3. Rising from the Ashes of the Dead

Injury often causes massive cell death. Attraction of immune cells to the site of injury underlies the associated inflammatory responses, which together create a nonconducive post-injury environment that is conventionally viewed to be hostile, impairing the survival of spared cells as well as anti-proliferative against regenerating cells. This view may be overtly oversimplified, as recent work suggest that both apoptosis (or more accurately, programmed cell death) and inflammation play important roles in triggering regeneration from cnidarian to vertebrates. Midgastric bisection of Hydra precipitates a rapid wave of apoptosis and transient release of Wnt3 among interstitial cells at the head regenerating end, and the latter activates the canonical Wnt/β-catenin pathway in neighbouring cycling cells to enhance cell cycle progression [7]. This sort of apoptotic cell-induced compensatory cell proliferation has also been documented in regeneration models of higher organisms, including Drosophila wing disc regeneration [8] and tail regeneration in the tadpoles of Xenopus laevis [9].

The adult mammalian brain is a well-known organ where regeneration is particularly restrictive. In fact, it was believed for a long time prior to the identification and characterization of adult neurogenic regions that adult neurogenesis (i.e. the formation of new neurons from progenitors) [10] does not occur in the mammalian brain. The much simpler fish brain, on the other hand, could regenerate to a significant degree. Neuroinflammation characterizing cases of acute ischemic or traumatic injuries, as well as more chronic neurodegenerative diseases in human brain pathology, is widely recognized as a major barrier to regeneration of any kind. Interestingly, recent findings points to inflammation as being required and sufficient for enhancing the proliferation of neural progenitors and their subsequent neurogenesis in the adult zebra fish brain [11]. In connection with apoptosisdriven regeneration discussed above, Wnt signalling appears to be a key pathway in balancing brain damage and repair. Exogenous Wnt3a injected into mouse striatum was recently shown to enhance neurogenesis and significantly functional recovery after ischemic injury [12]. Wnt signalling components are only present in immune cells as well as brain glia cells in adult mammals, and the crosstalk between these cells in a post-injury inflammatory setting, particularly in influencing neurogenesis [13,14], could be exploited for therapeutic intervention purposes. Regenerative capacities are not only conserved between lower vertebrates and mammals in terms of signalling. It is worth noting that both neurogenic adult neural progenitors in fish and mammals have a similar morphological phenotype and niche—they all appear to be derived from ventricular radial glia [15,16].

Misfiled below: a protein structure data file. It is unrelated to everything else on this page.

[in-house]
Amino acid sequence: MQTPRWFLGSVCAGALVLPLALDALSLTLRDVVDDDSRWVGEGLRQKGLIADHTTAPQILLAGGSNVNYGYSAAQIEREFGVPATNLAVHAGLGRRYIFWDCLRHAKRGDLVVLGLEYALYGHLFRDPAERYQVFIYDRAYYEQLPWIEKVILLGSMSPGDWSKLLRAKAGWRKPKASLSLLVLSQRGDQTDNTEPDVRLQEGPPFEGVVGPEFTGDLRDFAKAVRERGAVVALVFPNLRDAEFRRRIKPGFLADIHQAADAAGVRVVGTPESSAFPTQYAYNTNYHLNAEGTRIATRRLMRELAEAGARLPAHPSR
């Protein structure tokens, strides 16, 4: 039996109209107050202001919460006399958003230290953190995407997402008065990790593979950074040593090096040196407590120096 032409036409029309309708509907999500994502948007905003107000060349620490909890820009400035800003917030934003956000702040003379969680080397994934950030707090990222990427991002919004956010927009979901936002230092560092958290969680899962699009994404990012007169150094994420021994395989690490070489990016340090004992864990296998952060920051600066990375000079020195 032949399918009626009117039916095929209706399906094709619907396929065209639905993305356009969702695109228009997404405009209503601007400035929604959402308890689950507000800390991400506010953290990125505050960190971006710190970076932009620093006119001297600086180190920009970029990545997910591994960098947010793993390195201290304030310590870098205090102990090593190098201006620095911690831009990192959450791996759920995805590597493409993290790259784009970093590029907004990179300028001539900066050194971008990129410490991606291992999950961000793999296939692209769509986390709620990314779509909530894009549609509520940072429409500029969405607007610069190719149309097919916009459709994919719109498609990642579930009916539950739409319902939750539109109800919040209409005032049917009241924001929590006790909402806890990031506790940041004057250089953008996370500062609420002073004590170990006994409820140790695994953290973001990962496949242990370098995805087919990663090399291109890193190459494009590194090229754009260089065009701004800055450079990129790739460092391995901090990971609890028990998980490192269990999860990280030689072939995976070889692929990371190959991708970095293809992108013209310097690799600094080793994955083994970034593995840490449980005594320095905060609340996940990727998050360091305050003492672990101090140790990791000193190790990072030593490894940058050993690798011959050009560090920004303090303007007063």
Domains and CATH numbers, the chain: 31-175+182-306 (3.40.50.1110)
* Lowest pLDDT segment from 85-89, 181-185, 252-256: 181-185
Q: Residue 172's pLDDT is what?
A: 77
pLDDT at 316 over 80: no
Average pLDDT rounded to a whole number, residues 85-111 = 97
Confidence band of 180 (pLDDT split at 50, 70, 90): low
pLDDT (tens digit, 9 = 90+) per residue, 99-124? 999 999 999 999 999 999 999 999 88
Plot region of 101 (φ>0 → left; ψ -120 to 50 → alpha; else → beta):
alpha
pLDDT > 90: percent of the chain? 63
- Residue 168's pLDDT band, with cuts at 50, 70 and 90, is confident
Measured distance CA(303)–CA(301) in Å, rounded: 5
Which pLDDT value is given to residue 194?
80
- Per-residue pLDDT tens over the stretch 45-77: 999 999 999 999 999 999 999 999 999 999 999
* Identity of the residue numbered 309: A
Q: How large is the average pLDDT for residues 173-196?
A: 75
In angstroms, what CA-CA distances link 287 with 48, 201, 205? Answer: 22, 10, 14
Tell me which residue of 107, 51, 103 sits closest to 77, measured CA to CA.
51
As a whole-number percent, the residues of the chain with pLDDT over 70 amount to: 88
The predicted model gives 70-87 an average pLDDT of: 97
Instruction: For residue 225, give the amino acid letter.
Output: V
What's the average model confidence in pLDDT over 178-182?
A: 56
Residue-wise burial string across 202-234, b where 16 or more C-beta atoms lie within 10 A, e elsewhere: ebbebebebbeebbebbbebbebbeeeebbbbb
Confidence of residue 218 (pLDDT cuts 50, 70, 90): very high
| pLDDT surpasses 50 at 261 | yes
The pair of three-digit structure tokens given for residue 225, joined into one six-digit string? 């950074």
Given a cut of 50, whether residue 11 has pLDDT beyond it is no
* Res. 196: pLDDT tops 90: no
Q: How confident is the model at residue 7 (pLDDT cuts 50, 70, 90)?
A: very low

4. Starting Over-Nuclear Reprogramming to Pluripotency, Multipotency or Alternative Fates

Erasure of epigenetic markings of differentiation and aging, as well as induction of pluripotency, occur naturally during reproduction, be it in the case of a budded Saccharomyces. cerevisiae daughter cell or after the fusion of a spermatozoa and an ovum in humans. The ability of an enucleated ovum to reprogram somatic cell nuclei to a state of pluripotency underlies the promise of somatic cell nuclear transfer (SCNT) for the generation of embryonic stem cells, and thus materials for autologous transplantation (or for cloning). Just as the community begins to feel that perhaps efficient SCNT-based reprogramming is for some reason unachievable for primates and humans, the discovery of induced pluripotency [17] literally changed overnight the way many approach the subject. The technology is based on a deceptively simple concept that nuclear reprogramming could be achieved by the introduction and expression of the four Yamanaka factors (Oct3/4, Sox2, Klf4 and c-Myc), or a subset of these in combination with others genes/compounds, into easily sampled somatic cells such as fibroblasts or keratinocytes. These genes initiate a cascade of changes in genetic and epigenetic profiles, converting differentiated somatic cells these over a period of time into pluripotent stem cells [18]. Work on or related to induced pluripotent stem (iPS) cells has now amassed more than 4500 PUBMED entries, and related new findings are being made at an unprecedentedly fast pace.

Of particular therapeutic interest is the potential of iPS methods to generate individual-specific autologous cells or tissues that are safe for grafting. In accordance to the generalized notion that grafting differentiated cells runs a lower risk of tumorigenesis, researchers quickly develop methods of direct reprogramming of fibroblast into differentiated cell types of other lineages, such as neurons [19], cardiomyocytes [20] or endothelial cells [21] without passage through the undifferentiated pluripotent iPS stage. Modifications of factors and culture methods allowed the generation of multipotent neural progenitors [22-24] and hematopoietic progenitors [25]. Beyond providing therapeutic materials, the seemingly limitless lineage conversion to either fully differentiated cell types or more immediate progenitors from clinically accessible cells like fibroblasts will also greatly advance studies on disease etiology and development. Granted that nuclear reprogramming may be incomplete in the case of iPS cells and residual epigenetic memories of the cell of origin may limit their usefulness, the paradigm shift in terms of research approach using iPS-based methods has clearly revolutionize regenerative biology.

5. Acknowledgements

The author is supported by NUS Graduate School for Integrative Sciences and Engineering (NGS), and declares no conflict of interest.


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*A preface to CellBio’s thematic review series on “The Cell Biology of Regeneration”.